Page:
for the theory of knowledge and extended essay, leading to a maximum possible score of forty-five points. A minimum score of twenty-four points with achievement of a number of other conditions (including satisfactory completion of the nonassessed CAS program) leads to the award of the diploma. As an alternative to the diploma, students may elect to register for one or more individual certificates, which are also awarded if conditions for the award of the diploma are not met.

The IBO head office is in Geneva, the Curriculum and Assessment Centre is in Cardiff Wales, and its Research Unit is based at the University of Bath in England. It also has regional offices in New York, Geneva, Buenos Aires, and Singapore. The curriculum is developed by examiners and teachers worldwide, and some 3,400 examiners and assessors for the program are similarly located in many different countries. The number of schools offering the IB diploma program has grown steadily: as of May 2001 some 960 schools in more than one hundred countries were authorized to offer the diploma program, through which some 40,000 students were assessed in 2001.

According to former students, the advantages of studying the IB diploma program include "its breadth-depth balance, its academic rigour and its suitability as a preparation for university-level study… (and its) contribution to world peace and understanding" (Hayden and Wong, p. 352). The IB diploma is accepted by universities worldwide, including those in Europe, North America (where advanced placement may be offered for diploma holders), and all other continents.

Issues for the Future

In a relatively short period of time, the IB diploma program has come to satisfy varying needs of different constituencies. Clearly it continues to provide an appropriate curriculum for those international schools worldwide that seek to promote an "international education" that is not associated with a particular national system. Additionally, in more recent years the program has been adopted by a number of schools in national education systems, which are attracted to it for a variety of reasons. Some of those in England and Wales, for instance, undoubtedly favor its breadth compared with the narrowness of the national ("A" level) system. The many American high schools that offer the program are attracted to the combination of an international perspective with the rigor and high academic standards that the IB diploma represents. In some cases it serves as a basis on which to promote programs for particularly able students and in others as a means of assisting state or public schools in their efforts to help students to meet state or provincial standards. Schools in still other systems are undoubtedly influenced by what might be termed credentialism where local elites respond to a "stiffening of the local positional competition on the one hand and a globalization of that competition on the other. As more people gain local educational qualifications, those who can afford to do so seek a new competitive edge by taking qualifications that they hope will give them a local advantage" (Lowe, pp. 24–25). A major challenge, then, to the IB diploma in the twenty-first century is the continued development of its attraction to national as well as international schools as it moves from being "a programme for international schools" to being "an international programme for schools" (Hagoort, p. 11).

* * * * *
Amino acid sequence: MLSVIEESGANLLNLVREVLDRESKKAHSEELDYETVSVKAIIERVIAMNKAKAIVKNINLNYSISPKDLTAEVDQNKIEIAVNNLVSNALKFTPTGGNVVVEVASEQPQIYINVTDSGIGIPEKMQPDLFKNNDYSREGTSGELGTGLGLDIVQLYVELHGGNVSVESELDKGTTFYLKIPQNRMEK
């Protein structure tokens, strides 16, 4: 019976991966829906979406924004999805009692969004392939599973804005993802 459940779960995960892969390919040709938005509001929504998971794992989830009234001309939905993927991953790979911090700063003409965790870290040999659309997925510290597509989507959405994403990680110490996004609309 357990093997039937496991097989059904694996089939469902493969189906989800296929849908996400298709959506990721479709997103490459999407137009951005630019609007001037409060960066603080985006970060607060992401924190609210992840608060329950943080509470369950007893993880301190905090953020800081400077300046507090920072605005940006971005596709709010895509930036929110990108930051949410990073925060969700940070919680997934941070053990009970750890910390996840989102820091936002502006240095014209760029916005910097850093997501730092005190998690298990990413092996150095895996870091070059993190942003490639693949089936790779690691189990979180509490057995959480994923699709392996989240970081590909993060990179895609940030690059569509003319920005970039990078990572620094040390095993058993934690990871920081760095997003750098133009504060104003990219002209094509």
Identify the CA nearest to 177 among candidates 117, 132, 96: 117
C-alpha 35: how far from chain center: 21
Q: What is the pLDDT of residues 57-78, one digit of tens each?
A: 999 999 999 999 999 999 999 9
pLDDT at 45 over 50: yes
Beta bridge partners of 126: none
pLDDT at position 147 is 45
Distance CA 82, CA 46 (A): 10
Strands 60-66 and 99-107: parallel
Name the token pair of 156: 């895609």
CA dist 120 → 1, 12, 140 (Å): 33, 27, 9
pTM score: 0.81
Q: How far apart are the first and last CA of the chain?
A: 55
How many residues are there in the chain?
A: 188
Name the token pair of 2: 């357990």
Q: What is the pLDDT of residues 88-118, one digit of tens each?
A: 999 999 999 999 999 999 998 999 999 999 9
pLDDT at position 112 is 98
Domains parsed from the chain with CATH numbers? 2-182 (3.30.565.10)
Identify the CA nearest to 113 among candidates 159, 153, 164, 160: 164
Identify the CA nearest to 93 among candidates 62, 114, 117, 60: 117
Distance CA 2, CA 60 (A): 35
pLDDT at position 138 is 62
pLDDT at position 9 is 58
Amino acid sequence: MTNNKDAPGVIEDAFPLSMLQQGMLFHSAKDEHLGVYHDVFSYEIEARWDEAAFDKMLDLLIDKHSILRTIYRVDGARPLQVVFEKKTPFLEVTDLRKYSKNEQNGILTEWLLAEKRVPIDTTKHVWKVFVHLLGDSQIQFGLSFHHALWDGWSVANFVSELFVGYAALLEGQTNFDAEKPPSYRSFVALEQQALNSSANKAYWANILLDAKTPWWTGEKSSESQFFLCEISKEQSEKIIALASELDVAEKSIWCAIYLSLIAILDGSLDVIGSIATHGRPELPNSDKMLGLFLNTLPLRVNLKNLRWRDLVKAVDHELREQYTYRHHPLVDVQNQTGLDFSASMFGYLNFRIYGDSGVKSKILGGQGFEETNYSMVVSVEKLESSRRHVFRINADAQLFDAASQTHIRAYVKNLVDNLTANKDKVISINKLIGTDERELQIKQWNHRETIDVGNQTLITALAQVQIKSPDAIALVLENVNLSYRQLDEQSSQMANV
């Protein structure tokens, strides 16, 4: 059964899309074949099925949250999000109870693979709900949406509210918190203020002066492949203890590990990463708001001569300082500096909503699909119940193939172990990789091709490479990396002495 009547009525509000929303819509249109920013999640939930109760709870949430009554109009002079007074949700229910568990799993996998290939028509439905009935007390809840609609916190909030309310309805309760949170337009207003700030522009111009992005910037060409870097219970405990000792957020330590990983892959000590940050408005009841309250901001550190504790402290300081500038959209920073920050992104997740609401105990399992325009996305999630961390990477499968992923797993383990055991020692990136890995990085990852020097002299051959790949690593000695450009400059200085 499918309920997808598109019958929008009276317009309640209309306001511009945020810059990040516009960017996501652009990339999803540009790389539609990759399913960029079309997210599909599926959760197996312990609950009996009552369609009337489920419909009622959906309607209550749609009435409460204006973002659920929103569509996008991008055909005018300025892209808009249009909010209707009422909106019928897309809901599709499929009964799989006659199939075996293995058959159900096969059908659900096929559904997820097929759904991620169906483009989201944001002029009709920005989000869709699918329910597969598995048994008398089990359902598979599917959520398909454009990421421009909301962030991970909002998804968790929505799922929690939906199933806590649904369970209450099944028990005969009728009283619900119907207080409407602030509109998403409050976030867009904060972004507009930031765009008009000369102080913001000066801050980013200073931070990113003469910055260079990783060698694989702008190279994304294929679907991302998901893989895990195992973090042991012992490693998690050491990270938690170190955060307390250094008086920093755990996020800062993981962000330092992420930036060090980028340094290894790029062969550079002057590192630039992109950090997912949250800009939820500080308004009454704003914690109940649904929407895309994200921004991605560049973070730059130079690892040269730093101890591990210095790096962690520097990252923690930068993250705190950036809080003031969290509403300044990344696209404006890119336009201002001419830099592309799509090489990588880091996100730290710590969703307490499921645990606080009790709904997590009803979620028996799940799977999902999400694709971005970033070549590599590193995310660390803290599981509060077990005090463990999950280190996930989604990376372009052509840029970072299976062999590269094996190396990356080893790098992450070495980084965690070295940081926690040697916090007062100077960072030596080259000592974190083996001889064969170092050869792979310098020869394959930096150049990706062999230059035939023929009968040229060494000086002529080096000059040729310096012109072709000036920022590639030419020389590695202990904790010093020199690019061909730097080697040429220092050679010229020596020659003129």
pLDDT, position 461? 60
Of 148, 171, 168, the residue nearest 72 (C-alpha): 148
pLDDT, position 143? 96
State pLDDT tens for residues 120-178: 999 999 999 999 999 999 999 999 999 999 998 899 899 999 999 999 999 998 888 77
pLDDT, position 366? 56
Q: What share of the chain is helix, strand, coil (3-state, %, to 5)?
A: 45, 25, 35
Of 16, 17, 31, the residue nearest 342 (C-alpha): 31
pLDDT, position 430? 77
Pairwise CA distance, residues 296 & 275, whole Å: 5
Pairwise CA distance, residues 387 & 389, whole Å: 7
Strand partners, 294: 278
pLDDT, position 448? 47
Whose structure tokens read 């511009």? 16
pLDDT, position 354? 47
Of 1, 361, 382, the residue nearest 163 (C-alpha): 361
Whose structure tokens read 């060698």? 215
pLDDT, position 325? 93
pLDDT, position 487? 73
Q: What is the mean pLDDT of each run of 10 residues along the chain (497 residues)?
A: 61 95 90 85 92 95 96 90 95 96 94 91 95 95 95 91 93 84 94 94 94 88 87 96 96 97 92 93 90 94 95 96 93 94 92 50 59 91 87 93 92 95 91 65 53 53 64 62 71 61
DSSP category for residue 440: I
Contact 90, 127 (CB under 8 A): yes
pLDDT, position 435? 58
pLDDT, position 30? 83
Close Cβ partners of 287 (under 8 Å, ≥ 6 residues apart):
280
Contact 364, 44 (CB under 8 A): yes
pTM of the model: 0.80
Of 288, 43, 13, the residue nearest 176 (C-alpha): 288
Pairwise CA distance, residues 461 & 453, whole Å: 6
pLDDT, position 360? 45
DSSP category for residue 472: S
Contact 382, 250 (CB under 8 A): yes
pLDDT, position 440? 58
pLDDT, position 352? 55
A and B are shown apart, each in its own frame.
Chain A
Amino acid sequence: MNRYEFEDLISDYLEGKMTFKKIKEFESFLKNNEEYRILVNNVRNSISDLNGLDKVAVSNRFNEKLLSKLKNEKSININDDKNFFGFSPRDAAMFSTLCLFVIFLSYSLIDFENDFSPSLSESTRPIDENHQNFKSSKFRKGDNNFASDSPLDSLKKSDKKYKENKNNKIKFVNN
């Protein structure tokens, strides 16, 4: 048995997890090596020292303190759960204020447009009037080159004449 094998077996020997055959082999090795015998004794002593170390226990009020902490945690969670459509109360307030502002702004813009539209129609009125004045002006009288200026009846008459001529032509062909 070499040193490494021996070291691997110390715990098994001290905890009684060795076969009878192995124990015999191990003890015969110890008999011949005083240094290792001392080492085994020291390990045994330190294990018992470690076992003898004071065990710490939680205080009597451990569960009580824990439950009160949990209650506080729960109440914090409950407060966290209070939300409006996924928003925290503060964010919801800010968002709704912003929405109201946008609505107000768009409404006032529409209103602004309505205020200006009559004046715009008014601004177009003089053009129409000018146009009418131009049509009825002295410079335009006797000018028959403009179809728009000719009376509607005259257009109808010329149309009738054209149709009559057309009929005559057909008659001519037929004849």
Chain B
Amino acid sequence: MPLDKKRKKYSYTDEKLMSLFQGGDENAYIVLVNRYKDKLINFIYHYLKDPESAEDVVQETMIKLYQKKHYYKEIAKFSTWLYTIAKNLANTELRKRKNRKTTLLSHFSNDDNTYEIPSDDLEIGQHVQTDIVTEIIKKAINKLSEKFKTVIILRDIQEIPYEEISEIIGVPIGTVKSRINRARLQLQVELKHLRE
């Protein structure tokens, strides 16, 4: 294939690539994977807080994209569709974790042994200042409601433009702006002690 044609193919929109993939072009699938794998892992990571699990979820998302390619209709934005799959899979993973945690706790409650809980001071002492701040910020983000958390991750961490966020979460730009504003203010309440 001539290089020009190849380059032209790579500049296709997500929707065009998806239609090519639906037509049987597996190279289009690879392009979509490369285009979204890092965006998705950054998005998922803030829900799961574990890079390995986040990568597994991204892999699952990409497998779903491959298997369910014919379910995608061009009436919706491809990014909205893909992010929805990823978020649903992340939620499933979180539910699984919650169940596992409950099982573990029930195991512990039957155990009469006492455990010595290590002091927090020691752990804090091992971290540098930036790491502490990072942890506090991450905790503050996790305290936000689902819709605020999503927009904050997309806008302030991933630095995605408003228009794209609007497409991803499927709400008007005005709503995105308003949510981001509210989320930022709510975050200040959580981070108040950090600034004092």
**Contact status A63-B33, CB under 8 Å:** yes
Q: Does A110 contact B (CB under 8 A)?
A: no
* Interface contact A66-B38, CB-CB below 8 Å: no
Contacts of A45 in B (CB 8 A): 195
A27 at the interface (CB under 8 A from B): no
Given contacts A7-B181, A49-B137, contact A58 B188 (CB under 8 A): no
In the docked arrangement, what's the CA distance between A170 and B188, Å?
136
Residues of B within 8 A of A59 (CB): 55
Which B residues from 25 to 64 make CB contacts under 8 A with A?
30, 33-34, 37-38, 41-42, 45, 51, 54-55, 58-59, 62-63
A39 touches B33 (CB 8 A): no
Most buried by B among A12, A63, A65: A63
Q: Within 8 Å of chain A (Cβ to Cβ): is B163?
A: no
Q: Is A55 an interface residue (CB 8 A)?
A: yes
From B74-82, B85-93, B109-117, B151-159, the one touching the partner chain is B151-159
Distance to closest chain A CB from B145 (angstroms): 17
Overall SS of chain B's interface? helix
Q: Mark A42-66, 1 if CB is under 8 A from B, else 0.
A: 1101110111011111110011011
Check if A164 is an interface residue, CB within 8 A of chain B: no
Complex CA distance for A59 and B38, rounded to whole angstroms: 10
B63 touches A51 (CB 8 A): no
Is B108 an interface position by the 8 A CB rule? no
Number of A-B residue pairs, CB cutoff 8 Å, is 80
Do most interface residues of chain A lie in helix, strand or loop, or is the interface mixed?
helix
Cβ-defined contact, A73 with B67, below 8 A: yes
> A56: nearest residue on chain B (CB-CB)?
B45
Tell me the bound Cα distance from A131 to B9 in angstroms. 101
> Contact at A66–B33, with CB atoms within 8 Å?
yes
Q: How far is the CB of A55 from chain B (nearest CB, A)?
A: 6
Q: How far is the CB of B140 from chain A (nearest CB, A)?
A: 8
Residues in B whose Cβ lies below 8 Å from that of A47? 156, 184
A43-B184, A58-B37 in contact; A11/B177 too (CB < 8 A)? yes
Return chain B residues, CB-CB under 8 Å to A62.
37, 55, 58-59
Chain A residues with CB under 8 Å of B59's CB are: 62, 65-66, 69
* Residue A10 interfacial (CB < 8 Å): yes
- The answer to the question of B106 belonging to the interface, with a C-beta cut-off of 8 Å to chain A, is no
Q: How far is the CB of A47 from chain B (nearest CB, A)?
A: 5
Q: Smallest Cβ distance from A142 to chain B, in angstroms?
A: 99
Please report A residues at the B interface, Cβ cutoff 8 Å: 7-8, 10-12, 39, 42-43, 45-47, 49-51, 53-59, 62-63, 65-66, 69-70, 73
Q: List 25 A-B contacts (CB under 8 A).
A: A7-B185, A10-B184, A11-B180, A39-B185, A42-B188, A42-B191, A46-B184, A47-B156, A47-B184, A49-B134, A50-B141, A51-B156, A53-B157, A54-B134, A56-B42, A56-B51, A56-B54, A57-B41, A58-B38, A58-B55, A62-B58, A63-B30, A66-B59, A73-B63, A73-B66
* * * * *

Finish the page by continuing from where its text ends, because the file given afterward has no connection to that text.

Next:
A further and related challenge is that of determining the appropriate linguistic base for a program that is now so widely used internationally. Forty-five different languages are available as languages A1 (the student's "best language"), each including a study of world literature, and in principle an A1 examination can be set in any language with a sufficient body of written literature. The Eurocentric nature of the IBO's English, French, and Spanish working languages, however, is an issue currently being addressed in terms of how many–and which–working languages a program should offer before it can claim to be truly "international." Although new subjects have been added to the program since its inception, an interesting development is the current trialing of a small number of transdisciplinary subjects, which cross existing subject boundaries. A further important development in recent years has been the extension of the IB organization's provision to younger students by the development of the IB middle-years program (designed for ages eleven to sixteen, added in 1994 with 184 schools authorized to offer the program in May 2001) and the IB primary-years program (designed for ages three to twelve, added in 1997 and offered by fifty-nine authorized schools in May 2001). As a program now catering, therefore, to the entire pre-university age range, which is increasingly being offered within national systems as well as by international schools, the international baccalaureate seems likely to have interesting and challenging times ahead.


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FOX, ELISABETH. 2001. "The Emergence of the International Baccalaureate as an Impetus for Curriculum Reform." In International Education: Principles and Practice, ed. Mary C. Hayden and J. Jeff Thompson. London: Kogan Page.

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MACKENZIE, JOHN. 2000. "Curricular Interstices and the Theory of Knowledge." In International Schools and International Education: Improving Teaching, Management and Quality, ed. Mary C. Hayden and J. Jeff Thompson. London: Kogan Page